`with_return f`

allows for something like the return statement in C within `f`

.

There are three ways `f`

can terminate:

- If
`f`

calls`r.return x`

, then`x`

is returned by`with_return`

. - If
`f`

evaluates to a value`x`

, then`x`

is returned by`with_return`

. - If
`f`

raises an exception, it escapes`with_return`

.

Here is a typical example:

```
let find l ~f =
with_return (fun r ->
List.iter l ~f:(fun x -> if f x then r.return (Some x));
None
)
```

It is only because of a deficiency of ML types that `with_return`

doesn't have type:

`val with_return : 'a. (('a -> ('b. 'b)) -> 'a) -> 'a`

but we can slightly increase the scope of `'b`

without changing the meaning of the
type, and then we get:

```
type 'a return = { return : 'b . 'a -> 'b }
val with_return : ('a return -> 'a) -> 'a
```

But the actual reason we chose to use a record type with polymorphic field is that
otherwise we would have to clobber the namespace of functions with `return`

and that
is undesirable because `return`

would get hidden as soon as we open any monad. We
considered names different than `return`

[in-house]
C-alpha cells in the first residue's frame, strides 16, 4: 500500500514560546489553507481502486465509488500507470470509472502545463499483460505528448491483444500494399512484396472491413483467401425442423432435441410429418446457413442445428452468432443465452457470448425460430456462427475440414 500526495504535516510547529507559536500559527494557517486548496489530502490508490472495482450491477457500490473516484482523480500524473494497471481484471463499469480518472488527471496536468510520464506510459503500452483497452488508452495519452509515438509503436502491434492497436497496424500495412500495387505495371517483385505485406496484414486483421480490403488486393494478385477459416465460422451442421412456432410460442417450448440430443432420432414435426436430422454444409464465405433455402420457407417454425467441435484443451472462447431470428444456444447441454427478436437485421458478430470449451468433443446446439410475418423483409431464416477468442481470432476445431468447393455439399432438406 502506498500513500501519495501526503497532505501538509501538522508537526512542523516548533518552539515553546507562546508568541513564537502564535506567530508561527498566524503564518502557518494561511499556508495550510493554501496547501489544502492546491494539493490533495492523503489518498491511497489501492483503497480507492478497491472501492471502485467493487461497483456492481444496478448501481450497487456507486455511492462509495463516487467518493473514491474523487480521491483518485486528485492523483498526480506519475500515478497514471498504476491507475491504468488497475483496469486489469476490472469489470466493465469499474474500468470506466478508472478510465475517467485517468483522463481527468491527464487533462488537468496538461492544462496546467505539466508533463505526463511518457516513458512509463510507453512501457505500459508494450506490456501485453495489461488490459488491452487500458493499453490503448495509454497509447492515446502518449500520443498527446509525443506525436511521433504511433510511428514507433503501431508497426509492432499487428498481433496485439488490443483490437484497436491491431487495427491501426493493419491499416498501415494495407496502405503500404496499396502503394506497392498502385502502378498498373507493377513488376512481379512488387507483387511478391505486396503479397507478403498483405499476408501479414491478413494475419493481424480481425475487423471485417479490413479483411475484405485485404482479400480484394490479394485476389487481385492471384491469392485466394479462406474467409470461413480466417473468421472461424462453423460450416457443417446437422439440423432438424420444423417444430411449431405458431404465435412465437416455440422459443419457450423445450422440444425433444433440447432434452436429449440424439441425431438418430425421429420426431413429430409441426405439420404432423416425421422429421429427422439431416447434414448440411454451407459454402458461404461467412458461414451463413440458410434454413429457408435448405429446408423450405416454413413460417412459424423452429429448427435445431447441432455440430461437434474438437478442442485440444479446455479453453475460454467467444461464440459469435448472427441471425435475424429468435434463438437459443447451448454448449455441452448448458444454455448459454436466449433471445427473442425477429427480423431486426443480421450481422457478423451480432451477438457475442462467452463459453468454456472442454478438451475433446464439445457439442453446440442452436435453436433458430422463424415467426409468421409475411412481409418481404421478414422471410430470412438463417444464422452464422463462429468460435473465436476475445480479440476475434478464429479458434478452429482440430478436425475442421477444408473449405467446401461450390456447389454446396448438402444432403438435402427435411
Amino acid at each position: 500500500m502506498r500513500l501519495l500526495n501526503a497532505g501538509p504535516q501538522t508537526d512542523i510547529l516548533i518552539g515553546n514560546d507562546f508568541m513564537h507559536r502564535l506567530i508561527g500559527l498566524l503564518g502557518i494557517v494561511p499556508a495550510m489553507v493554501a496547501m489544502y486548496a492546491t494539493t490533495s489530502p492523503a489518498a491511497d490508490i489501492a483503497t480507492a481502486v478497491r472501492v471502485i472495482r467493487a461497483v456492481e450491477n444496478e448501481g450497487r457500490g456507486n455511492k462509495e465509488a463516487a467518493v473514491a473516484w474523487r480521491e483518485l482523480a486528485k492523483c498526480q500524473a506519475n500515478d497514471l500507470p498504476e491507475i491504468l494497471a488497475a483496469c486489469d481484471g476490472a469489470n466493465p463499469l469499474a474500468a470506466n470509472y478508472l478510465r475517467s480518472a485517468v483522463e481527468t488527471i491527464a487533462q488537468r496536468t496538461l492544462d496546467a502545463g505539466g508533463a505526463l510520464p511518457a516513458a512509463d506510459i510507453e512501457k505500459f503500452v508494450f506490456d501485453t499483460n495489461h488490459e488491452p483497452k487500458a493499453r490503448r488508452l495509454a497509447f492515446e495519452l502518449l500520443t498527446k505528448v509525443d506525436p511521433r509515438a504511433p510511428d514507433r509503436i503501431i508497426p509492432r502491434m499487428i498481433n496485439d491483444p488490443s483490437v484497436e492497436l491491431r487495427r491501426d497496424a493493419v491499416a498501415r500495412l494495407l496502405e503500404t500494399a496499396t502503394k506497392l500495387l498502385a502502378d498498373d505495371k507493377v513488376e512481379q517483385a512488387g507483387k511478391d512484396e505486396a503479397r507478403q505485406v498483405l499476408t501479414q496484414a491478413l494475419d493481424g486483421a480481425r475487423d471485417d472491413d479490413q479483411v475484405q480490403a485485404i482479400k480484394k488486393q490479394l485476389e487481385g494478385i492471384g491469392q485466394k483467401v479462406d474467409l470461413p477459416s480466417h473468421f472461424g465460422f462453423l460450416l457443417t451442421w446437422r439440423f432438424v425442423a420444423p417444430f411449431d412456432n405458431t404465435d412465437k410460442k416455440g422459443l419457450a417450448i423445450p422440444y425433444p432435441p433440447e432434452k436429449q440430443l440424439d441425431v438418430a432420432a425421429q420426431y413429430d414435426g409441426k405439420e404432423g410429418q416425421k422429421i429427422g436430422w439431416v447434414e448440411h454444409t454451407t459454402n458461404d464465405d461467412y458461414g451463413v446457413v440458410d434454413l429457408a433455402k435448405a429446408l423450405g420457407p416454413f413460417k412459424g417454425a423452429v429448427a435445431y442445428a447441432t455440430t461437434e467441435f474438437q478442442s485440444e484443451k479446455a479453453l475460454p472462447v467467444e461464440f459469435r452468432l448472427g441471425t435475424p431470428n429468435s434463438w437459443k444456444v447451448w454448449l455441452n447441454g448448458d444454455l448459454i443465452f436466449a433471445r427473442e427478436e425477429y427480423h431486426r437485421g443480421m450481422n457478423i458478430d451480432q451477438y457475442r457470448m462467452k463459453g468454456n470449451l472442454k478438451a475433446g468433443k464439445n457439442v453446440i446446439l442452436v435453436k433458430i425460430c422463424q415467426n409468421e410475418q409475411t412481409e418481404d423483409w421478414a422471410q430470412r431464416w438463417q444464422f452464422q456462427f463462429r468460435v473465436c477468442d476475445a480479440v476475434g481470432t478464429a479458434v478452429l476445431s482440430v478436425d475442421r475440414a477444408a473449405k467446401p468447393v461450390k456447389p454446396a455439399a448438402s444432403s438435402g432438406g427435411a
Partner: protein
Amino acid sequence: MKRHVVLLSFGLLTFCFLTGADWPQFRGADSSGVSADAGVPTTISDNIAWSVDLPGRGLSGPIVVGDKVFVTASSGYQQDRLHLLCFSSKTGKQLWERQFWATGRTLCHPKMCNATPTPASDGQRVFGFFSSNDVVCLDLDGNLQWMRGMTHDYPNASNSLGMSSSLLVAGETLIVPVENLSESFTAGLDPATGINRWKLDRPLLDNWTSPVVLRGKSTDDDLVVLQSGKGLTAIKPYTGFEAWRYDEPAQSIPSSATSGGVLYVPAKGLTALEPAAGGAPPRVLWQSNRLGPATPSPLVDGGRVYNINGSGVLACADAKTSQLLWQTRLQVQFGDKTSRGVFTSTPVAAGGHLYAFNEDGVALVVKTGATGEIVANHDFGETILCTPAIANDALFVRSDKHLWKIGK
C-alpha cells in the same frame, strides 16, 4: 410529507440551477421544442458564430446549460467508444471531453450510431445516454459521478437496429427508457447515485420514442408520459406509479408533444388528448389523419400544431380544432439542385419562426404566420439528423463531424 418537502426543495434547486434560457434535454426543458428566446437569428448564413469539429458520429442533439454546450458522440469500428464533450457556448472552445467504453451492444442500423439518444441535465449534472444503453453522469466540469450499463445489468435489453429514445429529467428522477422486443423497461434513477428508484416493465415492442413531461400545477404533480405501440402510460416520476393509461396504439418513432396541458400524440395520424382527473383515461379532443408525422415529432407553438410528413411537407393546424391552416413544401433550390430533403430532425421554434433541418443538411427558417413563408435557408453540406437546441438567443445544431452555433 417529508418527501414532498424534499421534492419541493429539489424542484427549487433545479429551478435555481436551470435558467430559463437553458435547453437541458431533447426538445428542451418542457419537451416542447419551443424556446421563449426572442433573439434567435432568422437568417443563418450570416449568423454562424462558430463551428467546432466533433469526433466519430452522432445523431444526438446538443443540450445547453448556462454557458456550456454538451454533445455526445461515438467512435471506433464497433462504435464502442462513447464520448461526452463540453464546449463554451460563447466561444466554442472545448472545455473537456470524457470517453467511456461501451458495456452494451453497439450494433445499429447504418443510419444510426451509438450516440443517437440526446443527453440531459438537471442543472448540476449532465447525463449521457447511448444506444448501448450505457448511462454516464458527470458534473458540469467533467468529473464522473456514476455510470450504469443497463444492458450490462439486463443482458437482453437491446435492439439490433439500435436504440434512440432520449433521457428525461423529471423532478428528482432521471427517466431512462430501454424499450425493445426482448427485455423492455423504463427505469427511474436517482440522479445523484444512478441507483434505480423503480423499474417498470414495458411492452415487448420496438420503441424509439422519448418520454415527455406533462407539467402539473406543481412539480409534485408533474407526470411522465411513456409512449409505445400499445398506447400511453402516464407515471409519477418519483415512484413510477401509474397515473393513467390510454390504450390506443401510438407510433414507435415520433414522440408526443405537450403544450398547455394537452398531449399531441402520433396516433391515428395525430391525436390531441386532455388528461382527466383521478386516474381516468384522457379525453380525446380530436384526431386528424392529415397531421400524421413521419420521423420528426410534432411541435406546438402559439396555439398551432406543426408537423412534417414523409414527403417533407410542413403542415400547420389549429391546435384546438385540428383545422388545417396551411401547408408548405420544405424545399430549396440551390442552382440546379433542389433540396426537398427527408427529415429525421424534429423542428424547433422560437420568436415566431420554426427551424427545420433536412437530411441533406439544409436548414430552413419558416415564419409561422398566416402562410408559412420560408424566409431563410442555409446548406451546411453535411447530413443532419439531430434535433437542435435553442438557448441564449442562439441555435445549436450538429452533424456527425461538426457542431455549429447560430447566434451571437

but everything seemed worse than just having
`return`

as a record field. We are clobbering the namespace of record fields but that
is much more acceptable.

`val with_return : ('a return ‑> 'a) ‑> 'a`

`val with_return_option : ('a return ‑> unit) ‑> 'a option`

Note that `with_return_option`

allocates ~5 words more than the equivalent
`with_return`

call.

`prepend a ~f`

returns a value `x`

such that each call to `x.return`

first applies `f`

before applying `a.return`

. The call to `f`

is "prepended" to the call to the
original `a.return`

. A possible use case is to hand `x`

over to another function
which returns `'b`

, a subtype of `'a`

, or to capture a common transformation `f`

applied to returned values at several call sites.